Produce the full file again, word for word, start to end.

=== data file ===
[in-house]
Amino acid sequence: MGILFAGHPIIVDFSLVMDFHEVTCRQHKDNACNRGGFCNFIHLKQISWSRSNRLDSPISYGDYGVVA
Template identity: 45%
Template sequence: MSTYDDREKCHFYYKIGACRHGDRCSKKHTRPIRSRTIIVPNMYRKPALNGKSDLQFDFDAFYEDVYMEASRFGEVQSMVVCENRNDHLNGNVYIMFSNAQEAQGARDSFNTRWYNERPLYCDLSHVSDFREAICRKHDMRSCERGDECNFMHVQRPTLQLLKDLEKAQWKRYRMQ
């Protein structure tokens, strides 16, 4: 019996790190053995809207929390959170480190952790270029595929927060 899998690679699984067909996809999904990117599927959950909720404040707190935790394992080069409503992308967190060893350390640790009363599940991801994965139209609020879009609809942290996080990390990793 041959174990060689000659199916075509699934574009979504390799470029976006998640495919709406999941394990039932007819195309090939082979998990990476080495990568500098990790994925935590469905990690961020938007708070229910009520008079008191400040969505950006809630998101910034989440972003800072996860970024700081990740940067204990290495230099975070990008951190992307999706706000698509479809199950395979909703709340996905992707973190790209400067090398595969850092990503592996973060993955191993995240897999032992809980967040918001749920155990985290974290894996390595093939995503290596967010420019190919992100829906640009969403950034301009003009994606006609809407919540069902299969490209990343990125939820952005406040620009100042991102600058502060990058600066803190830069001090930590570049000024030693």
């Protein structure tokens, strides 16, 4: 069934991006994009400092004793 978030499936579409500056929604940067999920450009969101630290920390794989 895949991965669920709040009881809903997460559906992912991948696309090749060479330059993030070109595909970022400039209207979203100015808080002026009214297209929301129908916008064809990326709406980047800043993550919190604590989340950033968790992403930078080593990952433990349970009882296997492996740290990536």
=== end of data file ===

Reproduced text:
[in-house]
Amino acid sequence: MGILFAGHPIIVDFSLVMDFHEVTCRQHKDNACNRGGFCNFIHLKQISWSRSNRLDSPISYGDYGVVA
Template identity: 45%
Template sequence: MSTYDDREKCHFYYKIGACRHGDRCSKKHTRPIRSRTIIVPNMYRKPALNGKSDLQFDFDAFYEDVYMEASRFGEVQSMVVCENRNDHLNGNVYIMFSNAQEAQGARDSFNTRWYNERPLYCDLSHVSDFREAICRKHDMRSCERGDECNFMHVQRPTLQLLKDLEKAQWKRYRMQ
């Protein structure tokens, strides 16, 4: 019996790190053995809207929390959170480190952790270029595929927060 899998690679699984067909996809999904990117599927959950909720404040707190935790394992080069409503992308967190060893350390640790009363599940991801994965139209609020879009609809942290996080990390990793 041959174990060689000659199916075509699934574009979504390799470029976006998640495919709406999941394990039932007819195309090939082979998990990476080495990568500098990790994925935590469905990690961020938007708070229910009520008079008191400040969505950006809630998101910034989440972003800072996860970024700081990740940067204990290495230099975070990008951190992307999706706000698509479809199950395979909703709340996905992707973190790209400067090398595969850092990503592996973060993955191993995240897999032992809980967040918001749920155990985290974290894996390595093939995503290596967010420019190919992100829906640009969403950034301009003009994606006609809407919540069902299969490209990343990125939820952005406040620009100042991102600058502060990058600066803190830069001090930590570049000024030693």
């Protein structure tokens, strides 16, 4: 069934991006994009400092004793 978030499936579409500056929604940067999920450009969101630290920390794989 895949991965669920709040009881809903997460559906992912991948696309090749060479330059993030070109595909970022400039209207979203100015808080002026009214297209929301129908916008064809990326709406980047800043993550919190604590989340950033968790992403930078080593990952433990349970009882296997492996740290990536």